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New Article:11056_2016_9561_Fig3_HTML

Rescue of American chestnut with extraspecific genes following its destruction by a naturalized pathogen

Steiner, K.C., Westbrook, J.W., Hebard, F.V. et al. New Forests (2017) 48: 317. doi:10.1007/s11056-016-9561-5



There are several efforts underway to restore the American chestnut involving traditional breeding methods, simple conservation strategies, methods that would reduce the virulence of the blight fungus, as well as modern gene-transformation techniques. The American Chestnut Foundation (TACF) is involved with each method, but focuses primarily on classical breeding techniques.

Some methods being explored toward American chestnut restoration are:

1. Traditional breeding with hybridization;
2. American chestnut germplasm conservation and breeding; and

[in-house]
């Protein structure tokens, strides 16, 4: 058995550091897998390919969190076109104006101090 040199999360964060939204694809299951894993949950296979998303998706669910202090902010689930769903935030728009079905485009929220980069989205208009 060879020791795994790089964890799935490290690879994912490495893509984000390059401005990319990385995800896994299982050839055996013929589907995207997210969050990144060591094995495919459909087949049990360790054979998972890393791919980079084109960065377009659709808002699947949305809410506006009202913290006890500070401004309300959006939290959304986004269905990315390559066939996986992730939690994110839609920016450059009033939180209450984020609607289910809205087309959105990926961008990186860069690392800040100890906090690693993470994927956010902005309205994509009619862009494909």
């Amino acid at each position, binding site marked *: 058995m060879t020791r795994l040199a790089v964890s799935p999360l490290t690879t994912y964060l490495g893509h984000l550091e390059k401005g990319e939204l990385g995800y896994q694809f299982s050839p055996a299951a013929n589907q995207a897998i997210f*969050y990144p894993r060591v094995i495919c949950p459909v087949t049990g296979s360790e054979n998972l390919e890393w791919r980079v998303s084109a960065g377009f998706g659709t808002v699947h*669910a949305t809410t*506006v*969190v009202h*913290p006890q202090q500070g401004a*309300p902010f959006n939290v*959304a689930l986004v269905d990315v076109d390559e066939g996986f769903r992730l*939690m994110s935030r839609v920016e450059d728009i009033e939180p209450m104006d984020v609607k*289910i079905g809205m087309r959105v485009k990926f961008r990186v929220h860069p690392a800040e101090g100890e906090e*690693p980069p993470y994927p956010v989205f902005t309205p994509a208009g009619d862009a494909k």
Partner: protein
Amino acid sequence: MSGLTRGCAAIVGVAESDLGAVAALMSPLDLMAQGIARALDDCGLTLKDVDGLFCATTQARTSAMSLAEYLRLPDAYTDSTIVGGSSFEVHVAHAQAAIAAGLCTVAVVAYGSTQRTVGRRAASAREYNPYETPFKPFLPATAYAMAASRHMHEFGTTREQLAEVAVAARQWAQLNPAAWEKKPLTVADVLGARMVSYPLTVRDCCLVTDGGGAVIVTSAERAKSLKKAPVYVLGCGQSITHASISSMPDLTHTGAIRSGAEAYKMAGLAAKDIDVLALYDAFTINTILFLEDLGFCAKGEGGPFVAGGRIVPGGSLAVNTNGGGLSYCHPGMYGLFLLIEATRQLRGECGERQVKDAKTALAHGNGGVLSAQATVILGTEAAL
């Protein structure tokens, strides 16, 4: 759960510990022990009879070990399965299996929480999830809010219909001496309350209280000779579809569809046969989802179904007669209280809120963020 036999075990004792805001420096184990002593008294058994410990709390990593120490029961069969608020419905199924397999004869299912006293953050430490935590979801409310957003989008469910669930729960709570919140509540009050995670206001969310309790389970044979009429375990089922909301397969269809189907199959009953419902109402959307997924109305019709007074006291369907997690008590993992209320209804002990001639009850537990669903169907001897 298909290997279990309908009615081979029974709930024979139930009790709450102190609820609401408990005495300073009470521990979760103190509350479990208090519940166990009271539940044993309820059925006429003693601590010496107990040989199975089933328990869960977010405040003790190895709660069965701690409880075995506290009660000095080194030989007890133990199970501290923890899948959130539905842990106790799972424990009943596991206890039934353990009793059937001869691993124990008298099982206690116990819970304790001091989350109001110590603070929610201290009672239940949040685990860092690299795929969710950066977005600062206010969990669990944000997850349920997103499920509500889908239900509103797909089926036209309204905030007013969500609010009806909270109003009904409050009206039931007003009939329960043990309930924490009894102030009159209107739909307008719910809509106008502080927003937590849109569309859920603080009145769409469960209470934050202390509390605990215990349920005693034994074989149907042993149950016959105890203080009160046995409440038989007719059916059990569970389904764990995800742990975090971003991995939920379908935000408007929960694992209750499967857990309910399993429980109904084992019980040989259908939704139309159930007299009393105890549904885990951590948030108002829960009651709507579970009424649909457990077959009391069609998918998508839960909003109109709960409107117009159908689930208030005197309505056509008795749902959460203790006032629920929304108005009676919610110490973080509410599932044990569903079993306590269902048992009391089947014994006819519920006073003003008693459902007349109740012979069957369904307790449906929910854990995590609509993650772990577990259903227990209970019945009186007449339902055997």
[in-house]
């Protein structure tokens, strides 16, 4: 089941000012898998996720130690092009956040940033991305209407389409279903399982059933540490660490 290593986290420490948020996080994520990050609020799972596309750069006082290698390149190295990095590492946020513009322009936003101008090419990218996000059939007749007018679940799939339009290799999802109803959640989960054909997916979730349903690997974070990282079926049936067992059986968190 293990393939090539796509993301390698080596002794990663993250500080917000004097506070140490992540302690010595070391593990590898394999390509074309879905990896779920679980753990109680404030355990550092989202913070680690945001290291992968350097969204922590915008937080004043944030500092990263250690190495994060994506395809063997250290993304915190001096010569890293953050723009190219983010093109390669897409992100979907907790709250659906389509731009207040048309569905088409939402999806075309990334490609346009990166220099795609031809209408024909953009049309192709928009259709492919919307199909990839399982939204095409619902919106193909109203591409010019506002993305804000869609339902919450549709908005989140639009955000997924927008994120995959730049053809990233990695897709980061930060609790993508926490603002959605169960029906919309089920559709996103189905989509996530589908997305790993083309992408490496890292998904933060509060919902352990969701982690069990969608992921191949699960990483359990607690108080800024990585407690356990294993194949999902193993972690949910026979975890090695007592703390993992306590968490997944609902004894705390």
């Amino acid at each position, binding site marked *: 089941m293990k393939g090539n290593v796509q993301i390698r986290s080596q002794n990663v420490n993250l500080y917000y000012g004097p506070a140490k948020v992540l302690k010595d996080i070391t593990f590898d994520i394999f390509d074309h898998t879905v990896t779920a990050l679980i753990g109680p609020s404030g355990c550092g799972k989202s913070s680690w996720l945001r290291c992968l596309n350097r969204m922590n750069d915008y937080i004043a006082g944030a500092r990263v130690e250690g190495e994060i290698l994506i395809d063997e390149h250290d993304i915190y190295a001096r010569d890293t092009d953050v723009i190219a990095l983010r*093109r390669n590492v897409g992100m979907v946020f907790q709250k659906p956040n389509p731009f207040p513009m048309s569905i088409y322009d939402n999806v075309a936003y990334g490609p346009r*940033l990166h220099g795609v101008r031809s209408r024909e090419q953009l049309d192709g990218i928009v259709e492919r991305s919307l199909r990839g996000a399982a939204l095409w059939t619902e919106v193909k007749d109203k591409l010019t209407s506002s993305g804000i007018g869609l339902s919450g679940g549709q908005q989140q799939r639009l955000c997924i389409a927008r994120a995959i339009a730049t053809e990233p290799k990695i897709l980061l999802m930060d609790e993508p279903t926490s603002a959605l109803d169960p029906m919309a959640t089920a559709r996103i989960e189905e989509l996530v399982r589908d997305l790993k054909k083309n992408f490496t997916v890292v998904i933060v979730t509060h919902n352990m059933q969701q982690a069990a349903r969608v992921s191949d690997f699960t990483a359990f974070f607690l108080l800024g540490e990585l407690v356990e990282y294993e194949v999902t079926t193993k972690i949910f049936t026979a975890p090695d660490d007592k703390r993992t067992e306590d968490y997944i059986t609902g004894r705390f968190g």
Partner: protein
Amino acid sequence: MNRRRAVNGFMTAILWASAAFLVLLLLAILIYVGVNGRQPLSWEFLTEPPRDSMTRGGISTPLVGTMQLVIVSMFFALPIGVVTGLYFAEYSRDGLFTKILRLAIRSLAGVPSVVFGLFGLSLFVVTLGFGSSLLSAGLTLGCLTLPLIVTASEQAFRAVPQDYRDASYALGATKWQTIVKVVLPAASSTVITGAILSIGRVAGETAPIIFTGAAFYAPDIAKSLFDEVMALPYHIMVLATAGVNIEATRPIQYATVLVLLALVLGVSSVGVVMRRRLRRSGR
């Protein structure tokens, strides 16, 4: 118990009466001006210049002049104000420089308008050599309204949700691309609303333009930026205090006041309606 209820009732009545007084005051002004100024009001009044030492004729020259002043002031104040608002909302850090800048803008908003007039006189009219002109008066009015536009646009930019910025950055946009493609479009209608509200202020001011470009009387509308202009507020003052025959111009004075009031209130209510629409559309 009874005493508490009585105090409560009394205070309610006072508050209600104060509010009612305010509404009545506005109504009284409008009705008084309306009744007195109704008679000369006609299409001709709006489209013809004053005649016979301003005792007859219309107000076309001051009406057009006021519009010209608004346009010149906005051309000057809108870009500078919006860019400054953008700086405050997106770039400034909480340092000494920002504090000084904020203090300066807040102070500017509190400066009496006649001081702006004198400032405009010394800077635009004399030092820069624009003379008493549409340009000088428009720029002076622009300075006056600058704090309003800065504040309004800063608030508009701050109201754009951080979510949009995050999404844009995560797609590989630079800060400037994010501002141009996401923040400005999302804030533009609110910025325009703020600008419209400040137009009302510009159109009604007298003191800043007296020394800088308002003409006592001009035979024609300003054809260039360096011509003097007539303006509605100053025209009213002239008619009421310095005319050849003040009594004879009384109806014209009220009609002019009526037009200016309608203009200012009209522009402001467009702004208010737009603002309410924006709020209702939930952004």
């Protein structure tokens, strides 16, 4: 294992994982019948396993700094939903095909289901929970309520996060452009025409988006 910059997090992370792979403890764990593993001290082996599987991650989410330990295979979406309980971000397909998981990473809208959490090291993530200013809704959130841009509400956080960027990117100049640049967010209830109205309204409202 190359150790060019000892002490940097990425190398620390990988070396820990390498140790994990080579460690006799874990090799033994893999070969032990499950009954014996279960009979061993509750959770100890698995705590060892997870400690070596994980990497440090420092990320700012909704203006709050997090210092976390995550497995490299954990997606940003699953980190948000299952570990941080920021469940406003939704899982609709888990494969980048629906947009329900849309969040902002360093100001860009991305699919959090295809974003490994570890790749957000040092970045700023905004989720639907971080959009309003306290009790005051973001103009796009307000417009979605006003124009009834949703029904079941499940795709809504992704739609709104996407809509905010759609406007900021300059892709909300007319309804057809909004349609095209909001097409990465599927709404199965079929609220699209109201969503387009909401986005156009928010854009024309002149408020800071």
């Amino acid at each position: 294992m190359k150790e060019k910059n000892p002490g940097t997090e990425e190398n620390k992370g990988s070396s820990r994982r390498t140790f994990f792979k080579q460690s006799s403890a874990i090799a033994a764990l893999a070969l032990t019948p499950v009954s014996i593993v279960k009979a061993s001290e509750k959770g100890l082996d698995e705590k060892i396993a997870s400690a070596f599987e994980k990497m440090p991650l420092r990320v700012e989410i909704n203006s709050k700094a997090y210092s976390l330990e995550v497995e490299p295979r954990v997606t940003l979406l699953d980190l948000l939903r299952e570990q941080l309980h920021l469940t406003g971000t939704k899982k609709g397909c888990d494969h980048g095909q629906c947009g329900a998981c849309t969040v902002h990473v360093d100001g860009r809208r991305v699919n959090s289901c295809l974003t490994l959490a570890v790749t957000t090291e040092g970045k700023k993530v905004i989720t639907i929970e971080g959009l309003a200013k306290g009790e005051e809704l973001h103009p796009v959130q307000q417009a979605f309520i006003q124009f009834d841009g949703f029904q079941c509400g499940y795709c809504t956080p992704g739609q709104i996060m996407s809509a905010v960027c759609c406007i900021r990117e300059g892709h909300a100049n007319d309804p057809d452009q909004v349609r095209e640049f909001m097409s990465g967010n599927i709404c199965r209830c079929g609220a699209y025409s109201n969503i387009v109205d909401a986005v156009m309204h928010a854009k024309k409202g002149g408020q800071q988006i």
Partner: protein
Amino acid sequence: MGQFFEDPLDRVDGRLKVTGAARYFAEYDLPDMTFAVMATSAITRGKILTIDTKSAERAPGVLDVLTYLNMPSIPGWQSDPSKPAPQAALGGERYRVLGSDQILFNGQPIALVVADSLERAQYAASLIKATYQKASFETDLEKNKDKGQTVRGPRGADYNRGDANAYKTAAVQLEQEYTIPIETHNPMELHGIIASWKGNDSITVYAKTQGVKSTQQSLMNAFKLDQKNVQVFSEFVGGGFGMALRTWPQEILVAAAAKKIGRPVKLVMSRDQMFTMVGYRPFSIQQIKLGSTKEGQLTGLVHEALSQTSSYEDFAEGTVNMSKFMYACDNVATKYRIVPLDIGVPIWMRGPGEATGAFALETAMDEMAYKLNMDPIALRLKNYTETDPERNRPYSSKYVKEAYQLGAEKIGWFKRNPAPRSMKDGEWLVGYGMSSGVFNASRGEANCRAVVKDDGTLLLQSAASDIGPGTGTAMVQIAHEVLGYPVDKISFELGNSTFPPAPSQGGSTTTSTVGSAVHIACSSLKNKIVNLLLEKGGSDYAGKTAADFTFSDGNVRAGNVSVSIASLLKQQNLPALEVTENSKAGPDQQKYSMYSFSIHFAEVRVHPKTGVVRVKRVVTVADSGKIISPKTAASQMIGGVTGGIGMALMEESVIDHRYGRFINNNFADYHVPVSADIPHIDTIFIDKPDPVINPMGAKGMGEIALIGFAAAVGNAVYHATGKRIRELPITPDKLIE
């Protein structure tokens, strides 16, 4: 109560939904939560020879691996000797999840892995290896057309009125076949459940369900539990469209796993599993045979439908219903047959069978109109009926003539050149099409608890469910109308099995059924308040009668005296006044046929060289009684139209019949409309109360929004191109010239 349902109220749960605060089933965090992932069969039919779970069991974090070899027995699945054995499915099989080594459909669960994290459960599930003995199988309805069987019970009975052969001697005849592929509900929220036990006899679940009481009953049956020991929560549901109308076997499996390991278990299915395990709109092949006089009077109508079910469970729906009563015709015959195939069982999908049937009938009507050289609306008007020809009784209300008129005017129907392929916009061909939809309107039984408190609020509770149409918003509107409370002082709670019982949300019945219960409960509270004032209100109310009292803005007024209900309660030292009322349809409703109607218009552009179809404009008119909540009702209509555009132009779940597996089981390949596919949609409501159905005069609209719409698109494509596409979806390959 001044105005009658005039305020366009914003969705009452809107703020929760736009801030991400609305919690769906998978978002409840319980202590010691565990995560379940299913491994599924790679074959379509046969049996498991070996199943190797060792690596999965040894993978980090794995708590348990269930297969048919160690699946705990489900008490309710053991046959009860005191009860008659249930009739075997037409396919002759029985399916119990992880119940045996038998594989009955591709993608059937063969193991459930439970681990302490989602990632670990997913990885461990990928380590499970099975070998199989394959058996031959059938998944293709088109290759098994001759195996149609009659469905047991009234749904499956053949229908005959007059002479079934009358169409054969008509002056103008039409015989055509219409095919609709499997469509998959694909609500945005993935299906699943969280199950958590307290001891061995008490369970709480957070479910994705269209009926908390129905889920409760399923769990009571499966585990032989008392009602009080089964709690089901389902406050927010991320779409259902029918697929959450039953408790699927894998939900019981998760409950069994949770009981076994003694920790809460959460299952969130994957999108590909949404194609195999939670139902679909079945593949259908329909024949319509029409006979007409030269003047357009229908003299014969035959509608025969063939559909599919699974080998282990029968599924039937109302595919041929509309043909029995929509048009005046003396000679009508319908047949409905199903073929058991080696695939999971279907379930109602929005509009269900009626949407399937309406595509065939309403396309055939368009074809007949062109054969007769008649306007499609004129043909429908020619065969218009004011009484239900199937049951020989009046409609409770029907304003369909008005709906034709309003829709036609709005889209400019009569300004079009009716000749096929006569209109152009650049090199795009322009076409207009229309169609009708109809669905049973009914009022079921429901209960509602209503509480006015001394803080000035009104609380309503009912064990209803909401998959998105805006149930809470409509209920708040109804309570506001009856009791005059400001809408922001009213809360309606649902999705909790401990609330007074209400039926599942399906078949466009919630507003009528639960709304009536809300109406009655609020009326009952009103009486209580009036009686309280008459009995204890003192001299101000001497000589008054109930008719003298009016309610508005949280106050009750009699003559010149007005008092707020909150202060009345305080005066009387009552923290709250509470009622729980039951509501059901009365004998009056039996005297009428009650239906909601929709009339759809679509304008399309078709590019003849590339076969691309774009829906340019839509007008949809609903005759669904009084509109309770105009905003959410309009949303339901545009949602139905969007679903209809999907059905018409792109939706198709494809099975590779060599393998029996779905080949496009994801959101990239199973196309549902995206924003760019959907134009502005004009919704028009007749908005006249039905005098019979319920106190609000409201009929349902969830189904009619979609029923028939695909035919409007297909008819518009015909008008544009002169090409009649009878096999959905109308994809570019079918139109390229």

3. Biotechnology

AT THE INTERFACE OF CLASSICAL BREEDING AND BIOTECHNOLOGY 

Backcross breeding and transgenic/cisgenic technology are two potentially complementary strategies to introduce genetic resistance to blight into American chestnut. Read more.

While the broadest goal of TACF is to restore the American chestnut species, the organization focuses on two major objectives: (1) introducing the genetic material responsible for the blight resistance of the Chinese tree into the American chestnut; and (2) preserving the genetic heritage of the American chestnut species by planting and grafting native germplasm before it disappears.

Each chestnut species – of which there are about seven – varies with regard to blight-resistance. Blighted North American chestnut species usually die, while blighted Asiatic chestnuts typically suffer only cosmetic damage. With that in mind, Chinese and Japanese chestnuts offer a potential solution to the American tree’s susceptibility to chestnut blight through hybridization